Primary Sources for the Presbyterian Masses

A Westminster Social Gathering

In Fellowship, J. Gresham Machen, Westminster Theological Seminary on 28/05/2011 at 20:41

It’s an old joke, but one of the real pleasures of the archivist’s job is reading other people’s mail.  Here transcribed is a letter that Allan A. MacRae, one of Westminster’s founding faculty, wrote to his parents in 1933.  It tells mainly of a social gathering of the early Westminster Seminary faculty and their friends and on that level alone, it is a wonderful glimpse into the lives of some dear saints. We see here bits of both their humanity and their love of the Lord.
But the letter also serves as an object lesson that each of us should take to heart, as it displays the value of preserving something of the story of how the Lord has been at work in our own lives, even noting perhaps something of the otherwise small and insignificant moments, for the reality of Christ in our lives shines there too. 

Allan A. MacRae writing to his parents,

Philadelphia, Pa., Oct.22, 1933.

Dear Folks,

Another week has passed by, and how it has flown. It was quite a busy week. There was the regular school work, there were the first classes of the year in the University and there were two special things. These latter were the tea at the Allises last Wednesday afternoon and the party at the Wallaces on Friday evening. Both these events were particularly pleasant. The Allises gave a tea in honor of the Kuipers. They invited over a hundred people. They asked me, and the others of our faculty to stay most of the time from four to six to help entertain the visitors. It was a very friendly reception. Everyone was so cordial and harmonious. Most of those who came knew most of the others.

On Friday evening the Misses Wallace, two maiden ladies who have been friends of the Seminary and have been present at most of our functions right from the start, entertained the faculty of the Seminary at their apartment in one of the suburbs. They asked Dr.Machen to speak on mountain climbing. He gave a very interesting talk indeed. Then Jimmie Blackstone, who was also invited, sang several numbers for us, and one of the Misses Wallace read some poems she had written. Dr.Kuiper was asked for a few remarks. After that we had a spelling bee. Most of those on the side on which I happened to be chosen were spelled down rather soon, and for a long time I was the lone survivor on our side, while the opposing team still had three standing. These three were Dr. Machen, Paul Woolley and John Murray. Then I put one ‘m’ too few in the word persimmon, and left the three of them alone. So their side was victorious in the contest. After that ice cream was served. When we all came to leave, some one happened to look at a watch, and we could hardly believe it was actually past midnight, the evening had been so pleasant. The only people invited who were not members of our faculty, beside Mr. and Mrs. Blackstone, were Mr. and Mrs.Freeman, whom I mentioned to you recently. They took John Murray and me with them in their car, which was pleasant and also a great convenience for us.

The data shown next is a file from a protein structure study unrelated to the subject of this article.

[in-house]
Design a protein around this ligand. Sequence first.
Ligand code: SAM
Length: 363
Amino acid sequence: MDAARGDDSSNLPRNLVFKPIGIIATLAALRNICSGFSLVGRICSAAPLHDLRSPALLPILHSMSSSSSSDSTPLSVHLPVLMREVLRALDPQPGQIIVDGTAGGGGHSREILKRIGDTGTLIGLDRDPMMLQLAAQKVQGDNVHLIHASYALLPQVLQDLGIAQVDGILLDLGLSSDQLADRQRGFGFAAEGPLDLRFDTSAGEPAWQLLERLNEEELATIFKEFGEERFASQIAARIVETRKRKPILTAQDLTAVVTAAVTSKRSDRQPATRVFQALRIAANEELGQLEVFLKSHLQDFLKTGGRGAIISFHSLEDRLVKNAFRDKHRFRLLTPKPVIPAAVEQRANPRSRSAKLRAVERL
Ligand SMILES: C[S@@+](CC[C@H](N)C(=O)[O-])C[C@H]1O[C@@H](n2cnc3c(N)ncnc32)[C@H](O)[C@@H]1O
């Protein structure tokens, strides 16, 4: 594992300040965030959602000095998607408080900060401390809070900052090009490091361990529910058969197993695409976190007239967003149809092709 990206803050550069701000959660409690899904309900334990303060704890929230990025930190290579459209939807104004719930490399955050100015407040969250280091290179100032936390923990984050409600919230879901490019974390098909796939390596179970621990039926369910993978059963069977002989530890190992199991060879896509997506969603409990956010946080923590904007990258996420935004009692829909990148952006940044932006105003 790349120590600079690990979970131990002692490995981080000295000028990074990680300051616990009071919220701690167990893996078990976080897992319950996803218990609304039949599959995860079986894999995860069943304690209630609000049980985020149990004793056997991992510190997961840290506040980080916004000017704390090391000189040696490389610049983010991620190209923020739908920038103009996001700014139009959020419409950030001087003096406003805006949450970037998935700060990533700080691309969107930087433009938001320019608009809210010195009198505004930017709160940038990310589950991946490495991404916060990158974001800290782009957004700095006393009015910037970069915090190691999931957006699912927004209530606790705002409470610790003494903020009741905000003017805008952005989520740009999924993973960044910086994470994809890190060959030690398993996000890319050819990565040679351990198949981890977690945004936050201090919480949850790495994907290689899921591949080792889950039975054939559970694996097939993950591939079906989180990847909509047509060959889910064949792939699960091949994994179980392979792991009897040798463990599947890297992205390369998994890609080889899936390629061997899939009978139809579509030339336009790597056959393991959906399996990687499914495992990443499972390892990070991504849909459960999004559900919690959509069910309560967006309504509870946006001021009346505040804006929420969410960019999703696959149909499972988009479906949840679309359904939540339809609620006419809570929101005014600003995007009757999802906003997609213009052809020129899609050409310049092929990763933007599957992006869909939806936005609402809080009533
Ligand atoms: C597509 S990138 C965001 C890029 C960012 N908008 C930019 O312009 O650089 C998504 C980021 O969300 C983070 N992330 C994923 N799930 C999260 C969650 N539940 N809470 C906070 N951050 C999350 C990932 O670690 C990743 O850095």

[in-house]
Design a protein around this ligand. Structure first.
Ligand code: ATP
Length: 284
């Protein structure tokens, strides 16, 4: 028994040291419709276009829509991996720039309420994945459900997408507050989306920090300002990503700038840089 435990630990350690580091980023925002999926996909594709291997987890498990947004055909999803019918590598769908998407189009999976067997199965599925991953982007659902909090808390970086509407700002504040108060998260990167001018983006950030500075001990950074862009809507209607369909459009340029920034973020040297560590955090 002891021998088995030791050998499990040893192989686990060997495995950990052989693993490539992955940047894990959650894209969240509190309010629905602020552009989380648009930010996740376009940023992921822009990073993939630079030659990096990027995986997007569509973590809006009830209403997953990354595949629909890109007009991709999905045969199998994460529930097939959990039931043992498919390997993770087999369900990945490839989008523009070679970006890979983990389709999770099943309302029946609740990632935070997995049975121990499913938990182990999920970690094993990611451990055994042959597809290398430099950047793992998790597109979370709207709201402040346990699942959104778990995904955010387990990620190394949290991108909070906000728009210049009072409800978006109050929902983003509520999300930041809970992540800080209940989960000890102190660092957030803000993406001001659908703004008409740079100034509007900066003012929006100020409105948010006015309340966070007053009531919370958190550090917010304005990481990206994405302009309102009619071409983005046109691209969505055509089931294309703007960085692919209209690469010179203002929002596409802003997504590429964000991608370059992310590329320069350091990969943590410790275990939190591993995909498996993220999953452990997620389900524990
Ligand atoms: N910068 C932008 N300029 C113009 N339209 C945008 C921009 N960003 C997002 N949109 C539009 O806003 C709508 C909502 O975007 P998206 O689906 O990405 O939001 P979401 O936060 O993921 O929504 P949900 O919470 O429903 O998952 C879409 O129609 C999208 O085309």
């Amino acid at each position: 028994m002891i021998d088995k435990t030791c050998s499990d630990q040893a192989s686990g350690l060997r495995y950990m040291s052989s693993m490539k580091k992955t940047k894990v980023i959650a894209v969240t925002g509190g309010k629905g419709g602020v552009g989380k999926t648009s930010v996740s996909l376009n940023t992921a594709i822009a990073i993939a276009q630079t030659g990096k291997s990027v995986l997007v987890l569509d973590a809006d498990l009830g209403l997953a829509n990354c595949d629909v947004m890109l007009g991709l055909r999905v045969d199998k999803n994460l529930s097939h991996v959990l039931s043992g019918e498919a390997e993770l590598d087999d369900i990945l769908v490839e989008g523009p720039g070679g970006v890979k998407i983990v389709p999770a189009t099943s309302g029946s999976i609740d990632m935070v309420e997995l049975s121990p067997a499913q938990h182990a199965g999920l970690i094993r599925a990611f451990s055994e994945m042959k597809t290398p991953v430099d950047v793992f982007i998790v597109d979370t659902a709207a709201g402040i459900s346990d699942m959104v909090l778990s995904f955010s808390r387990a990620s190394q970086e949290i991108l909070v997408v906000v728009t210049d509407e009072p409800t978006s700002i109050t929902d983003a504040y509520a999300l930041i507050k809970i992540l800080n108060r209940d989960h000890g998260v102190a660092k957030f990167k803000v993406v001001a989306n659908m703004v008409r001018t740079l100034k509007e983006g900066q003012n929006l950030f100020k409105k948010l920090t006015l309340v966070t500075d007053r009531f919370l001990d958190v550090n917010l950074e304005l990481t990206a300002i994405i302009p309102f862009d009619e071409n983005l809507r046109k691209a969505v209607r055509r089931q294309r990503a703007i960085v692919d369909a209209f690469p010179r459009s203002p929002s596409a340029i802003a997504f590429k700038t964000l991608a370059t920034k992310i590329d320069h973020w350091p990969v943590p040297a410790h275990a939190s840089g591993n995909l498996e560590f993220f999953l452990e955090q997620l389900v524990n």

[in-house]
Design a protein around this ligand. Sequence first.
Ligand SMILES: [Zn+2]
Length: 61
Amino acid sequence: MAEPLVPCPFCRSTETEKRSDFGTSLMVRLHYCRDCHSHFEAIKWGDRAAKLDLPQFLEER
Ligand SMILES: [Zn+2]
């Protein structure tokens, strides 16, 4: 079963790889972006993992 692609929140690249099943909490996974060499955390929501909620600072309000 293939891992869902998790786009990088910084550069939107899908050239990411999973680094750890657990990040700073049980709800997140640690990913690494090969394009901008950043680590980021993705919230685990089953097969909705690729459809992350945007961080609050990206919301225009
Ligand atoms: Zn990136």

H.M. Griffiths is having quite an unpleasant experience. A week ago yesterday he developed a severe case of acute appendicitis, and that afternoon he was operated on. They think the appendix might have ruptured soon if they had not taken it out. Early this week some infection set in, so he had a disagreeable week. I think they feel that that is pretty well over now, I saw him yesterday. He was quite uncomfortable, but is now getting along well, I believe.

Yesterday after faculty meeting John Murray and I went out to Germantown together and visited Griffiths. Then John and I ate together in the neighborhood. John had to come back to the city, as he was going right out to Oxford, Pa. to spend the week-end with one of our graduates. I walked across Germantown to the Woolleys’ home. I had a nice visit with Paul, and then had supper with both of them. After supper I played a bit with Edward, who is very friendly. Paul sat over in the corner, and seemed to have a great time, watching me playing hide and seek with Edward. I took the train home early, leaving just as soon as I had said goodnight to Edward, so as to get a real good night’s sleep myself.

I am enjoying my beginning Hebrew classes again as much as anything I do. I am presenting the material in a somewhat different order, and am surely enjoying it. Early in the week my eyes bothered me a bit. I stopped in at an optician’s and he spent a long time adjusting the glasses and the way they hung on my nose and ears. They were hurting my nose. Since that time, they do not hurt my nose at all, and the eyes have been very greatly improved. Evidently they were not hanging right on my face. I hope you are both well and happy as I am. I will close, very lovingly,

/s/ [Allan A. MacRae]

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